Bonding critical for adoptive parents and children
As he celebrated his eighth birthday in a Moscow hospital this week, little Artyom Savelyev’s experiences continued to betray the hope of his Russian name, to be “safe and sound.” Artyom’s story and many others demonstrate the importance of improving post-adoption services through skills that enhance communication, emotional understanding, promote forgiveness, bonding, attachment, and healthy conflict resolution.
By Rachel Schindler
As he celebrated his eighth birthday in a Moscow hospital this week, little Artyom Savelyev’s experiences continued to betray the hope of his Russian name, to be “safe and sound.” After years in Russian orphanages, Artyom became one of 1,500 children adopted from the former Soviet Republic each year by American families. Torry Ann Hansen, the Tennessee nurse who eagerly brought the youngster to her home and family surrendered her promise to keep Artyom safe and sound when she sent him back to Russia alone on a 10 hour United flight, carrying only a note saying she could no longer care for the boy and criticizing a system she claimed misled her through the adoption process.
While the compelling images and story of little Artyom have captured the public’s attention, the issue of failed adoptions is not uncommon. An estimated 15 – 20 percent of all adoptions are disrupted. Estimates are even higher among older children, international adoptions, and children with special needs.
The Attachment & Trauma Network says placements most often disrupt or dissolve when a child and adoptive parents are unable to form a meaningful connection, in other words, to bond.
Bonding – defined as the unique combination of emotional openness and physical closeness with another human being – most often begins while a child is still in the womb. This notion makes it obvious why many children are unable to establish an automatic connection with their adoptive parents. While it’s nice to think that love is all you need to maintain a happy family, many adoption professionals argue that understanding the concepts of attachment and bonding are critical for parents to create positive, enduring connections with their adopted children and each other.
Research shows that emotional and psychological attachment provides children with a solid foundation that allows them to thrive in the world and has a lifelong impact on human development. Early bonding influences how children do in school, how they build relationships, and how well they react to stressful or new situations. A lack of emotional bonding to those perceived to be closest to us can have lasting, detrimental effects.
Mental health professionals are surprised at the alarmingly high number of their patients who are adopted. Studies show averages of 25 to 35 percent of youngsters in inpatient treatment centers are adoptees (17 times the norm). Problem behaviors seen among adopted children include lying, stealing, difficulties with bonding, defiance of authority, and acts of violence.
Nevertheless, there are a high number of adopted children who manage to thrive in the world, despite their adopted status. Perhaps these children are the outcomes of secure bonds. With proper tools, models, and know-how, bonding can be established in families, whether they are biologically related or not.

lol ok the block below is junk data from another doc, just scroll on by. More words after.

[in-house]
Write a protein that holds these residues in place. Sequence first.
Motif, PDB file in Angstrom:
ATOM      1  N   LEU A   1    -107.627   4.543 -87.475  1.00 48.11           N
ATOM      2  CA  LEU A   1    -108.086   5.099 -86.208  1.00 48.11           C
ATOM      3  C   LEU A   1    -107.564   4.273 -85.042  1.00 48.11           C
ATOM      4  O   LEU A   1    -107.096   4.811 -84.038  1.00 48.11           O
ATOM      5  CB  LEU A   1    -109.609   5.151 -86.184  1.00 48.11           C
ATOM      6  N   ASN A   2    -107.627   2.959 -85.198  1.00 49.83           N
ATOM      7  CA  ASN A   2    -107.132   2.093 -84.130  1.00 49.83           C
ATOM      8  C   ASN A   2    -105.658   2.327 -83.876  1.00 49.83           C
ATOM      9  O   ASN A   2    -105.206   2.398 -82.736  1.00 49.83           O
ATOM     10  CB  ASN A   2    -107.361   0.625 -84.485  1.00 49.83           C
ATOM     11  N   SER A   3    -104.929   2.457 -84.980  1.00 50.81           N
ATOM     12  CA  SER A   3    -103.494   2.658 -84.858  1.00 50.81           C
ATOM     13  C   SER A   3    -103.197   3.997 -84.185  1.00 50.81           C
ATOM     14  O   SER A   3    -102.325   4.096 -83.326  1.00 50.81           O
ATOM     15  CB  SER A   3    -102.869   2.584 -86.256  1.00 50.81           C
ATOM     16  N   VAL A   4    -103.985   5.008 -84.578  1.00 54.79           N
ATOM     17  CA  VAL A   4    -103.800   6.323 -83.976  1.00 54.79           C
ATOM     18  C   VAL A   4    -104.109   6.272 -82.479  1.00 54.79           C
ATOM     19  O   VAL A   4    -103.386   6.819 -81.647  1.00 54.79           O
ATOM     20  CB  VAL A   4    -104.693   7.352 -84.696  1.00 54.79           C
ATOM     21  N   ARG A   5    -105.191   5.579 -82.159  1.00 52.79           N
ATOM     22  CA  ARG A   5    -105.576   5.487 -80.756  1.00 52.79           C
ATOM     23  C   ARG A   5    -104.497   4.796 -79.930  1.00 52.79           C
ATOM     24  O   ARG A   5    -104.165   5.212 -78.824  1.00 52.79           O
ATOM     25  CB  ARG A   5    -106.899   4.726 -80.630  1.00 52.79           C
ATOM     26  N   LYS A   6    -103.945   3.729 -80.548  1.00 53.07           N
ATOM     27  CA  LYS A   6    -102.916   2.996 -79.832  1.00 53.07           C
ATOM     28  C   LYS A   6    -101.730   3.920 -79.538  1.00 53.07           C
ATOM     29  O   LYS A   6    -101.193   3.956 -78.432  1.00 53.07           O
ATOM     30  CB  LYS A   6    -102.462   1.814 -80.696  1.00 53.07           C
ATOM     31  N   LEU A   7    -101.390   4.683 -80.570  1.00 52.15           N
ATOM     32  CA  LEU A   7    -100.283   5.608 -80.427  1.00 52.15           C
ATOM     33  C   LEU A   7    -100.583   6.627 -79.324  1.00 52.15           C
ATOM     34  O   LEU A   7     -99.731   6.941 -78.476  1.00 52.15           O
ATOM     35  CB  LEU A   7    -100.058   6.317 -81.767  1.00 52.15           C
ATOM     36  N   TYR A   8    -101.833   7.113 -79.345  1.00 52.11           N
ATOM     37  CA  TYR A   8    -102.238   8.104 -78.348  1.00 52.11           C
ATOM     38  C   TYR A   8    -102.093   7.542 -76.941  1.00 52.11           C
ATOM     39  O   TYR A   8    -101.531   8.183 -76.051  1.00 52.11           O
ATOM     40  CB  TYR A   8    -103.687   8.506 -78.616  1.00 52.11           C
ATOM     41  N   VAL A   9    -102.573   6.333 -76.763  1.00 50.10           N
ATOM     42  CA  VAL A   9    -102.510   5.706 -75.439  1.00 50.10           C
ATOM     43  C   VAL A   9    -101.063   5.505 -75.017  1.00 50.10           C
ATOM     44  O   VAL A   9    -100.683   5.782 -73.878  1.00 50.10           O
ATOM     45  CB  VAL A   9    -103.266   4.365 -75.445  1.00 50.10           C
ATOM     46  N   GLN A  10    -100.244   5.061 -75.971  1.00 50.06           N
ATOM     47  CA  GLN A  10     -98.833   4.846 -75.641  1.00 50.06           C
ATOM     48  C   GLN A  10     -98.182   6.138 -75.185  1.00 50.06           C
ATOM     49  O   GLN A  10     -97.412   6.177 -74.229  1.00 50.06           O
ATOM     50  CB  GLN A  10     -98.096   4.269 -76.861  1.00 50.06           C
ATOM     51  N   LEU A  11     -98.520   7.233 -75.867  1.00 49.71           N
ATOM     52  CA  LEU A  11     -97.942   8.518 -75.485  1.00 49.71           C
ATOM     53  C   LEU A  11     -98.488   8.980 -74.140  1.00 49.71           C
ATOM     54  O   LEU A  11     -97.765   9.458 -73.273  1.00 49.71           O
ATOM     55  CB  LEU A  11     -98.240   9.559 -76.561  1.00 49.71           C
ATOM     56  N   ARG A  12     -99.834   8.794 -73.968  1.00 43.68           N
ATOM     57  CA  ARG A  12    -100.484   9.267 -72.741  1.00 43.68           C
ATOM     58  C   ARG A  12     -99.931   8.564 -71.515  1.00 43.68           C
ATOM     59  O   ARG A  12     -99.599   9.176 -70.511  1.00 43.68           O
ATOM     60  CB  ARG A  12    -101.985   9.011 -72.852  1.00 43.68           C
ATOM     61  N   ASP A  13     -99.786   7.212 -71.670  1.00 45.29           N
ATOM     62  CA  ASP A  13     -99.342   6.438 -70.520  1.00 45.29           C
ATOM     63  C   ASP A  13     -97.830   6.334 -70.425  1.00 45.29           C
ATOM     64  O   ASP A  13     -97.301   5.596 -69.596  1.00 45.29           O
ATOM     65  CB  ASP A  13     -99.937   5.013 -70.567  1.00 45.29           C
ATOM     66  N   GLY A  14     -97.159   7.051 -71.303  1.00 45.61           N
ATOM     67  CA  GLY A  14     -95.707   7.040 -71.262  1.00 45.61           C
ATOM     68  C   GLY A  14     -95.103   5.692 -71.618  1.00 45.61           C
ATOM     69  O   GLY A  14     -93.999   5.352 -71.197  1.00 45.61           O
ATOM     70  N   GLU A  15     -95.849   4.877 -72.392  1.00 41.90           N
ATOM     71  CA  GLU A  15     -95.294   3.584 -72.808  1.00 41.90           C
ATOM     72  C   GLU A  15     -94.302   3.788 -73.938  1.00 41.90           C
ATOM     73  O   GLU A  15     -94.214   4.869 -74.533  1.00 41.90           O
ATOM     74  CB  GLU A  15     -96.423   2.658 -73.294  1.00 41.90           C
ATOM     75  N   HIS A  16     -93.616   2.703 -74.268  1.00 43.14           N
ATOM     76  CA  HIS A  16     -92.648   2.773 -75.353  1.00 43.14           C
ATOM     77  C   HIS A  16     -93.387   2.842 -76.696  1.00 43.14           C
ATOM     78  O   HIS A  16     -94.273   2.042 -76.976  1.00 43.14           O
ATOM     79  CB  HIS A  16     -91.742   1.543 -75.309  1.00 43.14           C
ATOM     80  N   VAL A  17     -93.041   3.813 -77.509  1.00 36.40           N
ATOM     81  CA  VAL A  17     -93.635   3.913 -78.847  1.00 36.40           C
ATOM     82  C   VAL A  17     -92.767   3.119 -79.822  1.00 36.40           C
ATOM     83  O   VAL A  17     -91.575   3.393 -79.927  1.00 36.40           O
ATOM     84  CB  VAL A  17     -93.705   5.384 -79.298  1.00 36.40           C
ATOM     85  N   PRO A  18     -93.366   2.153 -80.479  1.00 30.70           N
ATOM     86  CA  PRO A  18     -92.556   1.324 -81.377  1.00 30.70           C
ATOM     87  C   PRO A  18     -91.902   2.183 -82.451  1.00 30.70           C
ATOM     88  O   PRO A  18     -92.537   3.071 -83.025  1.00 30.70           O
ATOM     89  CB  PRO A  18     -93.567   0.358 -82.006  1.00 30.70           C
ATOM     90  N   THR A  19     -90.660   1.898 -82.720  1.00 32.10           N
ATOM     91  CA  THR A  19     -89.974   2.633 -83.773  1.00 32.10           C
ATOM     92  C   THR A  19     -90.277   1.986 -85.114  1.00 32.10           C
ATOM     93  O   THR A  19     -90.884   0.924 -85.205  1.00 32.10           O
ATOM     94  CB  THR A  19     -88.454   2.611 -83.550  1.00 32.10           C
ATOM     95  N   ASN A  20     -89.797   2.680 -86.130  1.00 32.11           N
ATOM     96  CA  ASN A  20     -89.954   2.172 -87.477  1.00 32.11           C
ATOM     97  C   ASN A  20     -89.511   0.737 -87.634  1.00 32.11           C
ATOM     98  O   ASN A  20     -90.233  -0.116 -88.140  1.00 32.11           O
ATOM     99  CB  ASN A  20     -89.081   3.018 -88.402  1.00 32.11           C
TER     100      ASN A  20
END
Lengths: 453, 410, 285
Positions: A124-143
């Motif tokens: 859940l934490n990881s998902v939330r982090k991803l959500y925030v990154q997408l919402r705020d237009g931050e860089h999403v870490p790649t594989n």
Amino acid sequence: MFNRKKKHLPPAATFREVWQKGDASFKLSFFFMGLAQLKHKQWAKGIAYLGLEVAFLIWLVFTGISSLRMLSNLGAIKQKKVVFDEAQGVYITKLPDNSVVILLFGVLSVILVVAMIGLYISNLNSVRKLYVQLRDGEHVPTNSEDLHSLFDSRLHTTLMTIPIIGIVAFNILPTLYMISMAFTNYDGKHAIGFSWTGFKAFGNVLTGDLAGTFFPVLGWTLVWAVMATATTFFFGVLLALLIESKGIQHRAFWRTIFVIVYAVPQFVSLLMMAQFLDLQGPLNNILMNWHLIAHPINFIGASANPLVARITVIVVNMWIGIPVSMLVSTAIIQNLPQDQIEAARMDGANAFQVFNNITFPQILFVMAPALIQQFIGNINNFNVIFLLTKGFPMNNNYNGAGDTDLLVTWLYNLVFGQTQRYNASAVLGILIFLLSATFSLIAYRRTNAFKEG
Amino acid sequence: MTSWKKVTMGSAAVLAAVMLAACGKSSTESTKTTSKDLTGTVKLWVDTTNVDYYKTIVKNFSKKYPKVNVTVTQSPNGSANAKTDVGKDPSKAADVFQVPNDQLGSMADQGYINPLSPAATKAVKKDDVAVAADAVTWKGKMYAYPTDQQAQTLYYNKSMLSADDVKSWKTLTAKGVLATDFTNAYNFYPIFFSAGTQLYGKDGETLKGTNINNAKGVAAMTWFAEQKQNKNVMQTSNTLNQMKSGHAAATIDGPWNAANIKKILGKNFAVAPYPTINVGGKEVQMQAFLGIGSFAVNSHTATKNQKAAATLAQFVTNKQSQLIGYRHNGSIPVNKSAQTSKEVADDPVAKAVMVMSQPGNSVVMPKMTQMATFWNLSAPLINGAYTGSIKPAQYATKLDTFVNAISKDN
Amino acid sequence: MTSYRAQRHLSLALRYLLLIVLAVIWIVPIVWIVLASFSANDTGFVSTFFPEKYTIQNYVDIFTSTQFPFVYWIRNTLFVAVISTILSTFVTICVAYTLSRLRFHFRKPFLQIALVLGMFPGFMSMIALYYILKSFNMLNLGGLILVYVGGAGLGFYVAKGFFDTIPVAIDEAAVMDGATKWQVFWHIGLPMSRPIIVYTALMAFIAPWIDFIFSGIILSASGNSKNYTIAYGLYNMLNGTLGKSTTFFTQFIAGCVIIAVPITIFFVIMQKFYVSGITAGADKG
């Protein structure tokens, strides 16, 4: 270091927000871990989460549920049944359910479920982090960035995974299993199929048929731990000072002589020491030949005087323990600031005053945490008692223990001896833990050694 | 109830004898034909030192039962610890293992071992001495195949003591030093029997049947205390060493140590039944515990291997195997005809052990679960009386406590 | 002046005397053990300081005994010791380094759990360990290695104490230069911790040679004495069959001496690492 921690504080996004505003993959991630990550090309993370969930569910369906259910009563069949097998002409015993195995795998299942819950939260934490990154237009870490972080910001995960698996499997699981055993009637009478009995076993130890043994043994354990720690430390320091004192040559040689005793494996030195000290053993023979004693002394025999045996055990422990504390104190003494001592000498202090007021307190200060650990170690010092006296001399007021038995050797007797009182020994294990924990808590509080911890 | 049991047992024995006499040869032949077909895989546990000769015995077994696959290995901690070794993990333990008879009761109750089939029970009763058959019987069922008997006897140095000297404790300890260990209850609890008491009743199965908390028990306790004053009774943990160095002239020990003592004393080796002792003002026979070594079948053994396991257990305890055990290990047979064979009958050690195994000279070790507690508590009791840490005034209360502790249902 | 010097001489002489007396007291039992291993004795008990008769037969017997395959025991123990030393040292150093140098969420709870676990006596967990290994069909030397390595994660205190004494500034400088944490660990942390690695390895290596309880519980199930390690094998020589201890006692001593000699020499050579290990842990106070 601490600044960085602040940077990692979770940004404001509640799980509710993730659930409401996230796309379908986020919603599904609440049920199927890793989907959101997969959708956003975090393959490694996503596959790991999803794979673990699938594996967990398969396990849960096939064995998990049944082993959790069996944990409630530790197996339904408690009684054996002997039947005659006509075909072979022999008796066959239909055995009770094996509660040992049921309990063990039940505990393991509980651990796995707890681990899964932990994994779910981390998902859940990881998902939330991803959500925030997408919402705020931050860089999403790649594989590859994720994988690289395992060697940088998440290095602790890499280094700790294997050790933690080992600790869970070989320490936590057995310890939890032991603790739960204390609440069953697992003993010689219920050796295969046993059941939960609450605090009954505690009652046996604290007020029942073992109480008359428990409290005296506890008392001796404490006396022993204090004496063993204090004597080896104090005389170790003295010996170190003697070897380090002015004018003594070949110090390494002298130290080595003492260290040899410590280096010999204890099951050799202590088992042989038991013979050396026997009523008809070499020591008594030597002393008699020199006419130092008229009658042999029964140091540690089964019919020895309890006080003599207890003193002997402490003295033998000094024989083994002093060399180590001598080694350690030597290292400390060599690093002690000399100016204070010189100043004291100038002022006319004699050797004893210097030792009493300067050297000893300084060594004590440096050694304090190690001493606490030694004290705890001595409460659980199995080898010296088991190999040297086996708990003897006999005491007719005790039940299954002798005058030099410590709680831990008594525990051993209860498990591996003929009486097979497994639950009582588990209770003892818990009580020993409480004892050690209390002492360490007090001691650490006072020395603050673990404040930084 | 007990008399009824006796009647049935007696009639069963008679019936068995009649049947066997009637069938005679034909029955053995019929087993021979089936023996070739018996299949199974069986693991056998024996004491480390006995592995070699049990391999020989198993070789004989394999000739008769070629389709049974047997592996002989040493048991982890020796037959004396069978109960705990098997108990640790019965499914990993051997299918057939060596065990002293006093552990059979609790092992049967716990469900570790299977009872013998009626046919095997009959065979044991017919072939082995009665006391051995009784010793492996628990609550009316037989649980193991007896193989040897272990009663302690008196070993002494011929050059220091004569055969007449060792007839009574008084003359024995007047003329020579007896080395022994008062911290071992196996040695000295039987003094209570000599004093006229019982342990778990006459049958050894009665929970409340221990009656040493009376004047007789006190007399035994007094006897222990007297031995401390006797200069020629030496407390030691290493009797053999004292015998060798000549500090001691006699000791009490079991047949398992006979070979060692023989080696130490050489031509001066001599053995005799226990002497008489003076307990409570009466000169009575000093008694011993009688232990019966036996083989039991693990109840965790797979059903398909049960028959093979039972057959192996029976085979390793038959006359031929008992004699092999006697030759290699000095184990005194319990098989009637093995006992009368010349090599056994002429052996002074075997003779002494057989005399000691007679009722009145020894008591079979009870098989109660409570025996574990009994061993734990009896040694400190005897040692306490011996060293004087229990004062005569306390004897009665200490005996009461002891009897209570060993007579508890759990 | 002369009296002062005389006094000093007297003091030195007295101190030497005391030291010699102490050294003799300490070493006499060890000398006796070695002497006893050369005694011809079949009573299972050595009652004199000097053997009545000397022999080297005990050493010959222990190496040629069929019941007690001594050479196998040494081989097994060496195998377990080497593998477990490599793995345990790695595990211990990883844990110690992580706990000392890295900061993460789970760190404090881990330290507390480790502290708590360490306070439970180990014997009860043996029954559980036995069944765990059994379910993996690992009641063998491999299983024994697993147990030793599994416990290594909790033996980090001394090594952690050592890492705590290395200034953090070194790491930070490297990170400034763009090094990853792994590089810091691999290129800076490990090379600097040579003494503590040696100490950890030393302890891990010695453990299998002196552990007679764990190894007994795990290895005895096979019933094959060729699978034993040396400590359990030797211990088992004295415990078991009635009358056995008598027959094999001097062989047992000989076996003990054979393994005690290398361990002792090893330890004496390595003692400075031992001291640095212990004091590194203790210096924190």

Artyom Savelyev’s story and many others demonstrate the importance of improving post-adoption services.
Last year, PAIRS Foundation, one of the nation’s oldest and leading relationship skills training organizations based in Weston, Florida, began training adoptive parents and adoption counselors through skills that enhance communication, emotional understanding, promote forgiveness, bonding, attachment, and healthy conflict resolution. Early results showed that such brief, 12-16 hour training experiences help adoptive parents deal with and support their children in processing feelings of grief and loss associated with being given up for adoption or infertility; managing challenging and disruptive child behavior, dealing with emotional and physical trauma, such as abuse and neglect, experienced by a child prior to adoption, and forgiveness.
Parents of adoptive children who participated in the PAIRS training said:
“I enjoyed the opportunity to share with my husband and to take home tools to use with our family.”
“The information presented in PAIRS is helpful to work through issues that may arise while raising two adopted children.”
“The experience opened my eyes to many complex issues and the tools available to manage them.”
“I learned skills to improve my communication with my husband to strengthen our marriage and raise our adopted children.”
“The skills I’ve learned will provide structure to communicate when emotions are strong and in calm times.”
“I am leaving here with the knowledge that I can better my relationship with my spouse, children, and family.”
“The information will help me go more in depth with my children’s feelings and emotions.”
In 2006, PAIRS Foundation received a multi-year federal grant from the U.S. Department of Health and Human Services, Administration for Children and Families, to provide marriage education and relationship skills classes to adults and teenagers in South Florida. To date, more than 5,000 people have participated. Many programs remain available at no charge through area churches and community organizations. The skills training provided through the classes can provide a lasting, meaningful benefit to adoptive parents and counselors. For more information, visit www.pairs.com or call (877) PAIRS-4U (724-7748).
Rachel Schindler, a member of PAIRS Foundation’s research and grant support team, earned her BA in Psychology and Sociology. She is working towards her Masters in Education.